‘Fingerprints’ of climate change on devastating Pakistan floods

·4-min read
Victims of heavy flooding from monsoon rains crowd carry relief aid through flood water in Sindh Province (Fareed Khan/AP) File) (AP)
Victims of heavy flooding from monsoon rains crowd carry relief aid through flood water in Sindh Province (Fareed Khan/AP) File) (AP)

The “fingerprint” of climate change is on the devastating floods in Pakistan, experts said, after analysis found it was likely to have increased the extreme rainfall behind them.

Large areas of Pakistan experienced record-breaking monsoon rainfall from June 2022 in pulses that caused the Indus River to burst its banks over thousands of square kilometres, and led to urban flash floods and landslides.

More than 33 million people have been affected, and 1,500 have died, while homes, roads, health centres and schools have been destroyed or damaged, livestock killed, cropland ruined and there have been outbreaks of disease.

The south Asian country received more than three times its usual rainfall in August, with the two southern provinces Sindh and Balochistan each experiencing their wettest August on record.

More than two dozen scientists from around the world working as part of the World Weather Attribution initiative assessed whether human-caused climate change made the extreme rainfall that caused the floods more likely and intense.

A damaged home in Sindh province, Pakistan (Pervez Masih/AP) (AP)
A damaged home in Sindh province, Pakistan (Pervez Masih/AP) (AP)

They looked at the 60-day period of heaviest rainfall from June to September across the Indus river basin and the five-day period of heaviest rainfall over the worst-hit provinces of Sindh and Balochistan.

The analysis found that the extreme rainfall was a one-in-a-100-year event in the current climate, which is 1.2C above pre-industrial levels.

Comparison of weather data today with 1.2C of warming and the past showed the five-day maximum rainfall is 75% more intense, while the 60-day rainfall is 50% more intense, meaning this level of heavy rainfall is more likely to happen.

But the scientists said the high variability in rainfall from year to year in the region made the estimates uncertain, and analysis of climate computer models with and without human-caused global warming could not accurately quantify the overall role of climate change.

However, for the five-day rainfall extreme, the majority of models and observations analysed show that intense rain has become heavier as Pakistan has warmed.

Some models suggest that climate change increased the five-day rainfall total by up to 50%, in line with global climate science assessments which project more intense rains in the region, the researchers said.

And if the climate warms to 2C above pre-industrial levels, computer models suggest five-day pulses of heavy rain will become significantly more intense, the scientists said.

They also warned that while some level of impacts from the extreme rain and floods were likely to have been unavoidable, many factors increased the damage, including poverty and political instability in Pakistan.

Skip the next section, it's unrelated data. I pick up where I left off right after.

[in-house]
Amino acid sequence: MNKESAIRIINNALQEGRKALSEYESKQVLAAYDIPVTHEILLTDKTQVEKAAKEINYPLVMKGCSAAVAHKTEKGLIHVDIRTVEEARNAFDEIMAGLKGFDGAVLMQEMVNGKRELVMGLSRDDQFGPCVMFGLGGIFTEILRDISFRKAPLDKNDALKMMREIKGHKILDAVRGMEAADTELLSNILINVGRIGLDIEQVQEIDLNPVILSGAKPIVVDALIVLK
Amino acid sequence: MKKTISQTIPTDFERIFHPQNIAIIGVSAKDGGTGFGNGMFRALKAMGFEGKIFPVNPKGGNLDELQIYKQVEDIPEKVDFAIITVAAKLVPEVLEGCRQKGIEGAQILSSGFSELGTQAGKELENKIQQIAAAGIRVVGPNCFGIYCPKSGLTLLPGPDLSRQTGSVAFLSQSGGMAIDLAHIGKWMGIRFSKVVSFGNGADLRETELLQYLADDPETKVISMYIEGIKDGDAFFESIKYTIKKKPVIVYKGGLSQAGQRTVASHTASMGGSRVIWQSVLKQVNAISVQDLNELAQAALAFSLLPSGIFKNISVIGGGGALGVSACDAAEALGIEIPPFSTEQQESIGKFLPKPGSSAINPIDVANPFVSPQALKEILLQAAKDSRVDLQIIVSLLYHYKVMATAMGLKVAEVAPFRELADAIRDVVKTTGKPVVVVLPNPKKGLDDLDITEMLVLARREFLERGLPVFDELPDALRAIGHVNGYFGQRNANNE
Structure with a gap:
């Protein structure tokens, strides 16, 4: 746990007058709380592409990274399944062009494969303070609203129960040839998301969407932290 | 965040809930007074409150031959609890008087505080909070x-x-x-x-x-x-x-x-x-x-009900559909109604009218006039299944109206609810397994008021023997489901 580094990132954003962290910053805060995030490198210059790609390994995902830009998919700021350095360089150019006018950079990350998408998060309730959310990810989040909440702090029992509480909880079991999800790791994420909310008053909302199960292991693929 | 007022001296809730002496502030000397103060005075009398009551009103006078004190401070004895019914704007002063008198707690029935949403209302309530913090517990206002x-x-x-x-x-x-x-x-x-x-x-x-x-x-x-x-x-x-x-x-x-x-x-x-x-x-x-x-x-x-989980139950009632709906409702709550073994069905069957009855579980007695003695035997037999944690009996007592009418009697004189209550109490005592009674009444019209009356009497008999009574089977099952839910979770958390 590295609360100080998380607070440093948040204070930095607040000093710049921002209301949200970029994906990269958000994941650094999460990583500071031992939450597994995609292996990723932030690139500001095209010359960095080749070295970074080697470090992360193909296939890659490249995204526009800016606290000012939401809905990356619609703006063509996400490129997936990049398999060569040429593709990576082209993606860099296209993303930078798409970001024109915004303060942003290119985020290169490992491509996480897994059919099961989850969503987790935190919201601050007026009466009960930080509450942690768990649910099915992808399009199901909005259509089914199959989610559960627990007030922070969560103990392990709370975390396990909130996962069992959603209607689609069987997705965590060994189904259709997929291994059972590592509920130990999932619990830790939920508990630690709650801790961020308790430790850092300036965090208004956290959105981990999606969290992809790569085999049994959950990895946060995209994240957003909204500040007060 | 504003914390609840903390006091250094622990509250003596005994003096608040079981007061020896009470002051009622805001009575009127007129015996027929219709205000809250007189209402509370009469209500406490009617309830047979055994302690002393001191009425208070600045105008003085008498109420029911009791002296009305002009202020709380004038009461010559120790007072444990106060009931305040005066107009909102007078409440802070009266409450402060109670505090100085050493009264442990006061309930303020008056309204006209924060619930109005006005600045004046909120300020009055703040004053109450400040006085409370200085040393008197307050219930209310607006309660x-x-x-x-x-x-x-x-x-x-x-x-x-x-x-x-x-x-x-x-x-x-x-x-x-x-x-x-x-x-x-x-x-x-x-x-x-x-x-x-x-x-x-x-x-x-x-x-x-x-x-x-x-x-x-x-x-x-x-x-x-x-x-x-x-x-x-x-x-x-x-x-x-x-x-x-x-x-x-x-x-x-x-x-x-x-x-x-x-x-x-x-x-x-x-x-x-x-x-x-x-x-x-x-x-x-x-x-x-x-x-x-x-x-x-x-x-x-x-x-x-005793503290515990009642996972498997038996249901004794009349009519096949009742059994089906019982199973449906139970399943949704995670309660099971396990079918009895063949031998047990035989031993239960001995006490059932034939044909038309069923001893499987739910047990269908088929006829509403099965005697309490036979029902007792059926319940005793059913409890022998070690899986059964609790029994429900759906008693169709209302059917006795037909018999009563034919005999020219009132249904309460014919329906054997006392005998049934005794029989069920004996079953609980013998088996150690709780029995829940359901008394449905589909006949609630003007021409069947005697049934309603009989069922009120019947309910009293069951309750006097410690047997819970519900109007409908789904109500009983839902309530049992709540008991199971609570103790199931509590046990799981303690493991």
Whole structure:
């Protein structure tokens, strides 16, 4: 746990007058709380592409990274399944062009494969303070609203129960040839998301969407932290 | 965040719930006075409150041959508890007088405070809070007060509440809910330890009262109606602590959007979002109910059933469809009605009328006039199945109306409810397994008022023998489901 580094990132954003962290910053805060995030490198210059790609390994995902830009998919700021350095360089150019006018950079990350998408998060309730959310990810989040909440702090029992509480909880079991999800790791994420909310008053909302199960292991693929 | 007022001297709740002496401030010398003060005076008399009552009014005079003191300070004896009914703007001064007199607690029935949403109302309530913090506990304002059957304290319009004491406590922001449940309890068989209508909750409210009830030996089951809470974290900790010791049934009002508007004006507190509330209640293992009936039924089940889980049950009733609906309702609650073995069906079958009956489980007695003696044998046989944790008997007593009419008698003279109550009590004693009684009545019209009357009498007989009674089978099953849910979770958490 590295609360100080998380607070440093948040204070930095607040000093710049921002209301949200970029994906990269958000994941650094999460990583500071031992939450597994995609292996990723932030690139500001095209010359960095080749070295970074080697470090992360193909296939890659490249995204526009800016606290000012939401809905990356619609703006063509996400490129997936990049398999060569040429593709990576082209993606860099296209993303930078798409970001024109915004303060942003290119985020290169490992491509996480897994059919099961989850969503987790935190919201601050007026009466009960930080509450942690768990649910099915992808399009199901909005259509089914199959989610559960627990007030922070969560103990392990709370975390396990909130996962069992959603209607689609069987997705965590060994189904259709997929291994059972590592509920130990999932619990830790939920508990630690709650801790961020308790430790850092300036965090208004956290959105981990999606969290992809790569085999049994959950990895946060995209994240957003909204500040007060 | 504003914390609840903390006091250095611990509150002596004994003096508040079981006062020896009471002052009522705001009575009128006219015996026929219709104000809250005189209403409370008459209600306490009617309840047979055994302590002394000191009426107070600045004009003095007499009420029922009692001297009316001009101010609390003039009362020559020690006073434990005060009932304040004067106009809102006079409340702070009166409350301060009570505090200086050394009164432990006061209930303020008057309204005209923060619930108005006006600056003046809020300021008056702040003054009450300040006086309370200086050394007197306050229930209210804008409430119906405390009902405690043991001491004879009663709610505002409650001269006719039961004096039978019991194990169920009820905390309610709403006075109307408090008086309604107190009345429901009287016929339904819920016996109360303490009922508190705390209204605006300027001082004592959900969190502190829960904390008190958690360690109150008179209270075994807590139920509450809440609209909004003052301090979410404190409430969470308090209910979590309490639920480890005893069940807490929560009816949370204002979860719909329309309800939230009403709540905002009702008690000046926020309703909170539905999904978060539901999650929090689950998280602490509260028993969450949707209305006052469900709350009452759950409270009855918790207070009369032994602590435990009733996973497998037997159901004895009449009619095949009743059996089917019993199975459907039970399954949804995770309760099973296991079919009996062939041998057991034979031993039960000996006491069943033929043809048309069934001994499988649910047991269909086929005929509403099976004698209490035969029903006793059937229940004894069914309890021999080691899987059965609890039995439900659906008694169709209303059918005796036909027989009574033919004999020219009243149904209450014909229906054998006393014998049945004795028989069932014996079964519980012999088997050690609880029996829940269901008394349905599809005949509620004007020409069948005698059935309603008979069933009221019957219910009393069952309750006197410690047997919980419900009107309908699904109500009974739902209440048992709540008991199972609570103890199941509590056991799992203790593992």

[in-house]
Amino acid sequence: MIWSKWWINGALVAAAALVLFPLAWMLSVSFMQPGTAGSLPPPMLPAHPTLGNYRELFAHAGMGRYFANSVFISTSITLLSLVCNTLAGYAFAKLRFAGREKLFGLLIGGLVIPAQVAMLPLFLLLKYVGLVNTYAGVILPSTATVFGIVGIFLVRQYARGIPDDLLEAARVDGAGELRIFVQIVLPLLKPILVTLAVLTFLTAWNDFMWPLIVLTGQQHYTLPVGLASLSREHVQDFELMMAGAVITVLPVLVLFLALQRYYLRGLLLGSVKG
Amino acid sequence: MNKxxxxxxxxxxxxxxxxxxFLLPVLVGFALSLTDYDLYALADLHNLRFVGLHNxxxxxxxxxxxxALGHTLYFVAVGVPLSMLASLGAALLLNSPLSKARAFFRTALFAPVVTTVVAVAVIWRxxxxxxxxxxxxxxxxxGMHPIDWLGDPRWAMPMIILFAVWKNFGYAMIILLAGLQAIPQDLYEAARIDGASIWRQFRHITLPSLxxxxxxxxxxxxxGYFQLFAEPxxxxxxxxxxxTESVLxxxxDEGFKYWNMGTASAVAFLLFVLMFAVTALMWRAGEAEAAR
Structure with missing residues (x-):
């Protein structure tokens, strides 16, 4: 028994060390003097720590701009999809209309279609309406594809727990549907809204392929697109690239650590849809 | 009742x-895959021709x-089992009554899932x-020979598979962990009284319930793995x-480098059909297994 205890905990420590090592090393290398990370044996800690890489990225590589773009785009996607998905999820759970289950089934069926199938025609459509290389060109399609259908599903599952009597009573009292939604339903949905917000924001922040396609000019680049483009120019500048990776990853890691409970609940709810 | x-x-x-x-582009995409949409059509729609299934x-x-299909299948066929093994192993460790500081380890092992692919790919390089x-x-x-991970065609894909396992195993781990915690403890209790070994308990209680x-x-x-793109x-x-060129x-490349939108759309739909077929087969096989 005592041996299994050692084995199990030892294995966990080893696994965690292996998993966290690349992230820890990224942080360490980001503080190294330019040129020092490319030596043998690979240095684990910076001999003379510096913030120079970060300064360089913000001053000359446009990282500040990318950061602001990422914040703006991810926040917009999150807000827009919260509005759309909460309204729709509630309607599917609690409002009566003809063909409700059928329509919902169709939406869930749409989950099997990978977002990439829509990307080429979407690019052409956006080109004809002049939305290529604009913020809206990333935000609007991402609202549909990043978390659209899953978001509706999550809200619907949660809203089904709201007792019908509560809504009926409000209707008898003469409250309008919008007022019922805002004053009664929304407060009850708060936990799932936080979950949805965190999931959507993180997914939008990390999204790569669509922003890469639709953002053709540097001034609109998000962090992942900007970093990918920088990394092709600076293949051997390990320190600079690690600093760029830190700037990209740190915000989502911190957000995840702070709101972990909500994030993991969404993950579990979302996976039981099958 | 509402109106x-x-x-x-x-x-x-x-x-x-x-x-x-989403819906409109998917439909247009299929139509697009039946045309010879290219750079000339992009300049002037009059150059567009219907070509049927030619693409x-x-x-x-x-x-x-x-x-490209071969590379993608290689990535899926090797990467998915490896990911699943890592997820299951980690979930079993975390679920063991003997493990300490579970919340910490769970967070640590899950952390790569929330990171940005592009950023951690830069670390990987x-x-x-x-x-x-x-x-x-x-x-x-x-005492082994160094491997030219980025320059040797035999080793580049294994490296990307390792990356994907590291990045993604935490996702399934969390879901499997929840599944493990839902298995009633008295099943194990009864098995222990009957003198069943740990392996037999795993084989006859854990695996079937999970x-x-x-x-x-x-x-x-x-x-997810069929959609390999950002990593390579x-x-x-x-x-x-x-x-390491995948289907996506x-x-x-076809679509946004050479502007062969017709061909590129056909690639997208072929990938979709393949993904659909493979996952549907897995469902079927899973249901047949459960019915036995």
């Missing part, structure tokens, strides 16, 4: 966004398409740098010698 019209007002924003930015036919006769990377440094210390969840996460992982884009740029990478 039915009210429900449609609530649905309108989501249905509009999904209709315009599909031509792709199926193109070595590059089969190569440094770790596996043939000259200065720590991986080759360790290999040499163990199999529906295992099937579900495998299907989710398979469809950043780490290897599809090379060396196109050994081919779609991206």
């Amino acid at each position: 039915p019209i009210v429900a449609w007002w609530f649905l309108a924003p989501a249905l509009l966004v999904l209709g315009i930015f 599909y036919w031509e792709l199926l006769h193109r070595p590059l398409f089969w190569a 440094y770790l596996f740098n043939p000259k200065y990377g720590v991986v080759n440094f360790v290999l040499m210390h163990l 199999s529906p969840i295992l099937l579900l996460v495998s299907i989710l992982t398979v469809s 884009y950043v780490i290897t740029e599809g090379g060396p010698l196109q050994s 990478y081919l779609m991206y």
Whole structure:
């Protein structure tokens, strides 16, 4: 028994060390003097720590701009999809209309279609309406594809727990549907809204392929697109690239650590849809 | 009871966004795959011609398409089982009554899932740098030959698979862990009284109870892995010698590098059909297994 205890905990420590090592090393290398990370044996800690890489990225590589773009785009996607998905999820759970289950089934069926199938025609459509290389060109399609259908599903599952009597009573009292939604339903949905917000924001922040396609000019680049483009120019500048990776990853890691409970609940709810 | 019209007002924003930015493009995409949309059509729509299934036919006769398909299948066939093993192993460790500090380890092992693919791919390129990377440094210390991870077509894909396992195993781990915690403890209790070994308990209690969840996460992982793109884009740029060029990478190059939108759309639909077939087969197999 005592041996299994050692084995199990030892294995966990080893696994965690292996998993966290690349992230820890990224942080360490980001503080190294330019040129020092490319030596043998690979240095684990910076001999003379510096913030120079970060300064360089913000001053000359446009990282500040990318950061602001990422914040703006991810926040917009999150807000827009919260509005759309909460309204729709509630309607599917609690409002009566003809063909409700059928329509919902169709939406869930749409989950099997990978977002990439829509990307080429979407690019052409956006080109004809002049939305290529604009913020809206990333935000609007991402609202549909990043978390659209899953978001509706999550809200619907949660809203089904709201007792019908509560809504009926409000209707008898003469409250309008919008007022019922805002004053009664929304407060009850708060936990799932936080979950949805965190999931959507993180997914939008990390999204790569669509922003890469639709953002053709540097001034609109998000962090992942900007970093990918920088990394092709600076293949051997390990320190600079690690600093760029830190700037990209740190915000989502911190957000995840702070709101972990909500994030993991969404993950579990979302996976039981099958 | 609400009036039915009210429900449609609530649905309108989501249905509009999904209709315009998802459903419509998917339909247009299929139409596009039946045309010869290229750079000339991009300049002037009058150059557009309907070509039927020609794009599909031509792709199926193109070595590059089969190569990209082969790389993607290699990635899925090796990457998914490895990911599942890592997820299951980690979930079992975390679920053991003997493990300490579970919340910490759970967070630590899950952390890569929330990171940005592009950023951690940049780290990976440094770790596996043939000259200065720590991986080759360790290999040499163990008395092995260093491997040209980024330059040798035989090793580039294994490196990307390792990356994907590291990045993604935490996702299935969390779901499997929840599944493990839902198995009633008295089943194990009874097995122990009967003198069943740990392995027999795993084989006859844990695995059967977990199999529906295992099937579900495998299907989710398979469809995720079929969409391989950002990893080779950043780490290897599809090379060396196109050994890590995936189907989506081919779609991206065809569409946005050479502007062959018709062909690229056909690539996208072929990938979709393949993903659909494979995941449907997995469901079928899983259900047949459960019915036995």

While it is hard to put a precise figure to the contribution of climate change, the fingerprints of global warming are evident

Friederike Otto, Imperial College London

The extreme rain and floods come after unusually high temperatures in spring in Pakistan, with temperatures climbing above 50C in some places.

Heatwaves have also become more frequent, likely and intense as a result of climate change.

Fahad Saeed, researcher at the Centre for Climate Change and Sustainable Development, in Islamabad, Pakistan, said: “Fingerprints of climate change in exacerbating the heatwave earlier this year, and now the flooding, provide conclusive evidence of Pakistan’s vulnerability to such extremes.”

He said Pakistan must push the world to reduce emissions immediately at the forthcoming UN Cop27 climate talks in Egypt, and ask developed countries to provide support to help countries and people bearing the brunt of climate change.

Friederike Otto, senior lecturer in climate science at the Grantham Institute – Climate Change And The Environment, Imperial College London, said: “Our evidence suggests that climate change played an important role in the event, although our analysis doesn’t allow us to quantify how big the role was.”

She said the very variable weather from year to year in the region made it hard to see long-term changes in observed data and climate models.

But she said: “What we saw in Pakistan is exactly what climate projections have been predicting for years.

“It’s also in line with historical records showing that heavy rainfall has dramatically increased in the region since humans started emitting large amounts of greenhouse gases into the atmosphere.

“And our own analysis also shows clearly that further warming will make these heavy rainfall episodes even more intense.

“So while it is hard to put a precise figure to the contribution of climate change, the fingerprints of global warming are evident.”